<arg value="${wwwdir}"/>
         <arg value="${app}"/>

   <target name="compile" depends="compile-gwt">
      <mkdir dir="${targetdir}/WEB-INF/classes"/>
      <javac srcdir="${srcdir}"
         <classpath refid="classpath"/>

   <target name="deploy" depends="compile">
      <mkdir dir="${targetdir}/WEB-INF/lib"/>
      <copy todir="${targetdir}/WEB-INF/lib" file="${gwtpath}/gwt-servlet.jar"/>
      <copy tofile="${targetdir}/WEB-INF/web.xml"

The file begins by defining a project element with a default target. This target is run when one is not specified on the command line. The first few elements inside the project tag are property definition elements. You can place variables in these elements that will be reused throughout the build file. For example, in this file we have the source directories and jar directories set for use later. Inside the attributes you can see how the properties can be referenced with the ${name} format. Before the targets are defined in the file, we set a path element. This element lists the jar files and directories that are on the classpath. We use this classpath later and can refer to it by its ID.

The first target, compile-gwt, runs the GWT compiler on our GWT module. The module is not specified in this target. Instead the ${app} placeholder is used. We have not defined this as a property, but we can pass in this variable as a command line argument. This gives the build file the flexibility of being used for more than one application. Running this target generates the compiled JavaScript files for the application and copies all of the public files used for the project to the www directory.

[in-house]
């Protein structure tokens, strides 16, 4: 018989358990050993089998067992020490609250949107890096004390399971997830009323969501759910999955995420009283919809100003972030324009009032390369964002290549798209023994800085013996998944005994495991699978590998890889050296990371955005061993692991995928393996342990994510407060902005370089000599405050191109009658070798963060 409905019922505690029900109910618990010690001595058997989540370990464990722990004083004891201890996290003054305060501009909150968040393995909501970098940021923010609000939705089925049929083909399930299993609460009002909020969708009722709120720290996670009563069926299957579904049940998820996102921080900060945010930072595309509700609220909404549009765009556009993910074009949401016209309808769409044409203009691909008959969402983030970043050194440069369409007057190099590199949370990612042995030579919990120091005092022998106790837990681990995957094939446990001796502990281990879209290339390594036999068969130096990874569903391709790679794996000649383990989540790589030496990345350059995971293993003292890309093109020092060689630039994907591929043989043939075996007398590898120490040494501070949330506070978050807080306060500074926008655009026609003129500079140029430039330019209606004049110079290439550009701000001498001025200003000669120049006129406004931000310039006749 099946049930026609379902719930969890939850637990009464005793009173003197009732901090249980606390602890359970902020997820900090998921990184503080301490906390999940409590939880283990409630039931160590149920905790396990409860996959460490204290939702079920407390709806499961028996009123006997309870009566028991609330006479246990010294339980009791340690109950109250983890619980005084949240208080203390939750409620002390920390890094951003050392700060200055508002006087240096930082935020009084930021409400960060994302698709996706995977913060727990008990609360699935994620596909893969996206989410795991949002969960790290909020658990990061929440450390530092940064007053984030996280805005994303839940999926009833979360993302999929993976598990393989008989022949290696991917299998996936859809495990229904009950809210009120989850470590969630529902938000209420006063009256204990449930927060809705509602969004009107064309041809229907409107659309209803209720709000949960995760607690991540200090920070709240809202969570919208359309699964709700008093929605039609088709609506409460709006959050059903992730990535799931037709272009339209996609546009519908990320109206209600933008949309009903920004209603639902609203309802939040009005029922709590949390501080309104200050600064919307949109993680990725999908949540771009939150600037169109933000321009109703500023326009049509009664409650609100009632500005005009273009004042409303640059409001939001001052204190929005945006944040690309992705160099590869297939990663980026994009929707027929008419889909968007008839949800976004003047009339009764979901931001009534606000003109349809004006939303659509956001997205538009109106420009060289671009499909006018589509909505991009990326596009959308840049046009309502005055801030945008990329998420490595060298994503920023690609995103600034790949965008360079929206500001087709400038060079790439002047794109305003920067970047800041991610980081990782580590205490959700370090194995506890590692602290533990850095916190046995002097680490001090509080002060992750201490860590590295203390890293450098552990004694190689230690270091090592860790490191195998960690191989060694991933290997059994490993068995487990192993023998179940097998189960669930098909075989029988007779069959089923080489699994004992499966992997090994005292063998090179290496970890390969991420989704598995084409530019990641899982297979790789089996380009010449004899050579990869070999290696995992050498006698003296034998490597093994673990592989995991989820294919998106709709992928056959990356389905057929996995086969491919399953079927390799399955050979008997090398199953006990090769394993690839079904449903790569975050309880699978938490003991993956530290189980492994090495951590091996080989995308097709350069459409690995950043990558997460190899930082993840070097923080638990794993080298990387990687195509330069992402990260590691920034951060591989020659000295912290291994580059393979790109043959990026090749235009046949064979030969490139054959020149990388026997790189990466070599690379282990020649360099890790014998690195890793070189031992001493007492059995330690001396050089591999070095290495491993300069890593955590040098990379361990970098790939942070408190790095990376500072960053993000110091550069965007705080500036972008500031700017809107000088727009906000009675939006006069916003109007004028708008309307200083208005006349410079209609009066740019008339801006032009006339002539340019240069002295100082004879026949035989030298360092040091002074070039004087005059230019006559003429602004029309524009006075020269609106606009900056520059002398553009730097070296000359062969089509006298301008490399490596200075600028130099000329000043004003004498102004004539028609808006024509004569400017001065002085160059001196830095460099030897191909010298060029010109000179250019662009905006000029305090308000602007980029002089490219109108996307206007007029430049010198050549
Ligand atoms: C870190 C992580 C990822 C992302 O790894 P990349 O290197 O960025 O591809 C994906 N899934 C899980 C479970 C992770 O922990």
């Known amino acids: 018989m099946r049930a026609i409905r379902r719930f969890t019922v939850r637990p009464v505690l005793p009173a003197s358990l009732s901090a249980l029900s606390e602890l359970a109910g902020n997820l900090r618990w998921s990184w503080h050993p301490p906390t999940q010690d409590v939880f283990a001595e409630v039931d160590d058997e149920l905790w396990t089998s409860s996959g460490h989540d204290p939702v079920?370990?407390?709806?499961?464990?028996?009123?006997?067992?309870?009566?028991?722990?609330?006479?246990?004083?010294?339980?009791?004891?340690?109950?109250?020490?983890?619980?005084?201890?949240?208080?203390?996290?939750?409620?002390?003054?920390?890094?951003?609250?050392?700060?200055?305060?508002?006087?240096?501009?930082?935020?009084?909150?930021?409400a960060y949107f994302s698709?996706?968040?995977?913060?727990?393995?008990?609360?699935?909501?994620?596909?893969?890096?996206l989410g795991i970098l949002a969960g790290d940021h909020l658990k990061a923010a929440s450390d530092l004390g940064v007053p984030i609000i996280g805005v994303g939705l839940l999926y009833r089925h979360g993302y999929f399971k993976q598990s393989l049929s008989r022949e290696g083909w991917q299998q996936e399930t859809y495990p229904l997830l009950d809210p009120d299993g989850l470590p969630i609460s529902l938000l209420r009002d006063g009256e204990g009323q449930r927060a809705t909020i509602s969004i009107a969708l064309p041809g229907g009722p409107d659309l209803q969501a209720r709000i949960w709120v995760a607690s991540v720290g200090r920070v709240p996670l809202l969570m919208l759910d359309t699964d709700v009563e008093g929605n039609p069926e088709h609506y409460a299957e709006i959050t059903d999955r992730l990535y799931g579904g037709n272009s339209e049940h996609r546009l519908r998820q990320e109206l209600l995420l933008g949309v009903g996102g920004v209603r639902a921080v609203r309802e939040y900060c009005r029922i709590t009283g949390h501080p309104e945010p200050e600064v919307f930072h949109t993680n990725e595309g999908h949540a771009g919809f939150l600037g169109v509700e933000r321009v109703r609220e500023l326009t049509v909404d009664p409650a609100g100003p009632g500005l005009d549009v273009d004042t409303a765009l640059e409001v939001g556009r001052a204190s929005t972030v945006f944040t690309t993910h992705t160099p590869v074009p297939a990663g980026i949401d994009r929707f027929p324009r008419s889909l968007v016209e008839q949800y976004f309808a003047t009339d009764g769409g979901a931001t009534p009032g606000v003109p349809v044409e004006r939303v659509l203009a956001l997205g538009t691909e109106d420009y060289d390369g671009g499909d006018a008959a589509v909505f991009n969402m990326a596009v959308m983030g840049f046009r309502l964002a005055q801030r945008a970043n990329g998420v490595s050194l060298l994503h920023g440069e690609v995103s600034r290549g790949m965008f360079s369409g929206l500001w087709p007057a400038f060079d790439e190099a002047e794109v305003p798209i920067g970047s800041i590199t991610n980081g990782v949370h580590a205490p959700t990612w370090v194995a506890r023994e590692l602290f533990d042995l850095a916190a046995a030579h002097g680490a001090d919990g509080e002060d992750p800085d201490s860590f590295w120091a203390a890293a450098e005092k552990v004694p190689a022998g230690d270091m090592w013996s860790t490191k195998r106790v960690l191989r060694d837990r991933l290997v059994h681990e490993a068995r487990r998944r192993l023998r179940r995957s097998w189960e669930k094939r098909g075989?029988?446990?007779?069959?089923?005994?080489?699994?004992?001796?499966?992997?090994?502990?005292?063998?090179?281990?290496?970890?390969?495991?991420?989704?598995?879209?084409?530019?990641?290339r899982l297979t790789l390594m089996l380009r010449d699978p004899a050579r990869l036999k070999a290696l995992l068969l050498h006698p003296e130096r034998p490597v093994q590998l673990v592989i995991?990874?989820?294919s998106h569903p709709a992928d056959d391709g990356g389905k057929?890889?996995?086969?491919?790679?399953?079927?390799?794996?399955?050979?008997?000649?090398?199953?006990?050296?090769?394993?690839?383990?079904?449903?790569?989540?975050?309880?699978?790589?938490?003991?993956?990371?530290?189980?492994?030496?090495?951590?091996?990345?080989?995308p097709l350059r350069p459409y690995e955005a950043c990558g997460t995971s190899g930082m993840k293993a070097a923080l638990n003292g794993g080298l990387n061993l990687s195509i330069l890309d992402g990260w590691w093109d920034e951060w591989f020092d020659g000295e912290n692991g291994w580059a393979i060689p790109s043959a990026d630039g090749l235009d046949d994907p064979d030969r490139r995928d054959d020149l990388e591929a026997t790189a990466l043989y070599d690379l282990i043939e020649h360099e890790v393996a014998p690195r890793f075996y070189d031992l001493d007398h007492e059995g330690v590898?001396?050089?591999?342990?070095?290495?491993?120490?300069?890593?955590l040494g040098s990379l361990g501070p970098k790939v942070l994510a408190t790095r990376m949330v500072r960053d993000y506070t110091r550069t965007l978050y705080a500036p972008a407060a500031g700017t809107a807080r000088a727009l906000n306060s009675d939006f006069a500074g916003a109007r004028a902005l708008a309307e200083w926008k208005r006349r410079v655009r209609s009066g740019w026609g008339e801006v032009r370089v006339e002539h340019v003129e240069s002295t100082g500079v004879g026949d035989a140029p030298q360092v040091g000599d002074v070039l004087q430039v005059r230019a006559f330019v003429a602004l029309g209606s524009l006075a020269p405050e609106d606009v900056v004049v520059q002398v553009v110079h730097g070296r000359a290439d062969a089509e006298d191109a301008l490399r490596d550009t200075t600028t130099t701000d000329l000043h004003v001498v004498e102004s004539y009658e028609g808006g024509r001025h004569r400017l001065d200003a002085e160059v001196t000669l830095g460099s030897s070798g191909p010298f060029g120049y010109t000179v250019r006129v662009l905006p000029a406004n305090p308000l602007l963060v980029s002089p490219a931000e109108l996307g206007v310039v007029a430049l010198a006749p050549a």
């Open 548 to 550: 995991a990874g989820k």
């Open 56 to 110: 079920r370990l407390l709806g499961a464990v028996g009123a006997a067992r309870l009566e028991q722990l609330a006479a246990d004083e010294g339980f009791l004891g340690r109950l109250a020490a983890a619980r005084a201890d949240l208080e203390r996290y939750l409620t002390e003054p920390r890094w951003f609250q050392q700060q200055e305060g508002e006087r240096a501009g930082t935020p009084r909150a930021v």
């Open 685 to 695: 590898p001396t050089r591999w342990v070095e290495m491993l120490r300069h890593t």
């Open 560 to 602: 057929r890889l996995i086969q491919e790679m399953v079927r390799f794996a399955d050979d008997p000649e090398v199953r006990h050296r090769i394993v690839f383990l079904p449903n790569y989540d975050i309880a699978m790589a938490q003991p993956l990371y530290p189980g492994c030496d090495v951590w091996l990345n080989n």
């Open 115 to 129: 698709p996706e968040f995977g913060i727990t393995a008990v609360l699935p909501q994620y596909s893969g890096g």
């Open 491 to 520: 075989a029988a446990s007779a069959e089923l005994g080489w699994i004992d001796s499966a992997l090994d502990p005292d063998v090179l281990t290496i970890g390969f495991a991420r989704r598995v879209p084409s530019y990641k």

The second target, compile, uses the regular javac compiler to compile all of the other Java class files. These are class files that will be needed on the server and will include the GWT-RPC service servlet if one is used. The Ant script copies these class files to the www directory under WEB-INF/classes. This is the standard location for class files for a servlet container web application.

The final target, deploy, copies the required GWT library, gwt-servlet.jar, to the WEB-INF/lib directory. This is the standard location for jar files for a servlet container web application. The target also copies a predefined web.xml file to the www directory. The web.xml file is required to describe the servlets in the web application.

Running the task for the Instant Messenger application in Chapter 9 results in the output shown in Figure 4-51. Once this is complete, we should have a www directory that is ready to be used in a servlet container, and which follows the conventions for servlet containers for file names and locations, as illustrated in Figure 4-52.

Figure 4-51

Figure 4-51 Compiling and deploying with Ant

Figure 4-52

Figure 4-52 The output from an Ant script